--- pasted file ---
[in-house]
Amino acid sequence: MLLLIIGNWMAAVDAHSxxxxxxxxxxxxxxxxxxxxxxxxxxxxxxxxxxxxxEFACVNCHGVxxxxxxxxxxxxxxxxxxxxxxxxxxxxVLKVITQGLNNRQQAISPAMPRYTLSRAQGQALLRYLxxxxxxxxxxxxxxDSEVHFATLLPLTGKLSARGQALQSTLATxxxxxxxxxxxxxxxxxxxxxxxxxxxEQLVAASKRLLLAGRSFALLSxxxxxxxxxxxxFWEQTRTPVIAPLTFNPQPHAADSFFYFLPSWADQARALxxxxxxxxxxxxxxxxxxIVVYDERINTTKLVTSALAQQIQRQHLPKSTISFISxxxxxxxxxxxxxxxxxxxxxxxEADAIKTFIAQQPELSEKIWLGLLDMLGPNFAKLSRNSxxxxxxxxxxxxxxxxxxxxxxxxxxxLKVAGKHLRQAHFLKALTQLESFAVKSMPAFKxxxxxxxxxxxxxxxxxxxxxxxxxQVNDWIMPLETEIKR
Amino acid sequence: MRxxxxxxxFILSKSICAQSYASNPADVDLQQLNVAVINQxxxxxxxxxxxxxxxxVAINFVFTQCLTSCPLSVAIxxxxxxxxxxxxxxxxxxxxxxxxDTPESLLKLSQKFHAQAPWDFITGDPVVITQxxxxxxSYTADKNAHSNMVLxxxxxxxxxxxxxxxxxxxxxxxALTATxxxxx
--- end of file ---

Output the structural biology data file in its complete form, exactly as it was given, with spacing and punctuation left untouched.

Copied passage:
[in-house]
Amino acid sequence: MLLLIIGNWMAAVDAHSxxxxxxxxxxxxxxxxxxxxxxxxxxxxxxxxxxxxxEFACVNCHGVxxxxxxxxxxxxxxxxxxxxxxxxxxxxVLKVITQGLNNRQQAISPAMPRYTLSRAQGQALLRYLxxxxxxxxxxxxxxDSEVHFATLLPLTGKLSARGQALQSTLATxxxxxxxxxxxxxxxxxxxxxxxxxxxEQLVAASKRLLLAGRSFALLSxxxxxxxxxxxxFWEQTRTPVIAPLTFNPQPHAADSFFYFLPSWADQARALxxxxxxxxxxxxxxxxxxIVVYDERINTTKLVTSALAQQIQRQHLPKSTISFISxxxxxxxxxxxxxxxxxxxxxxxEADAIKTFIAQQPELSEKIWLGLLDMLGPNFAKLSRNSxxxxxxxxxxxxxxxxxxxxxxxxxxxLKVAGKHLRQAHFLKALTQLESFAVKSMPAFKxxxxxxxxxxxxxxxxxxxxxxxxxQVNDWIMPLETEIKR
Amino acid sequence: MRxxxxxxxFILSKSICAQSYASNPADVDLQQLNVAVINQxxxxxxxxxxxxxxxxVAINFVFTQCLTSCPLSVAIxxxxxxxxxxxxxxxxxxxxxxxxDTPESLLKLSQKFHAQAPWDFITGDPVVITQxxxxxxSYTADKNAHSNMVLxxxxxxxxxxxxxxxxxxxxxxxALTATxxxxx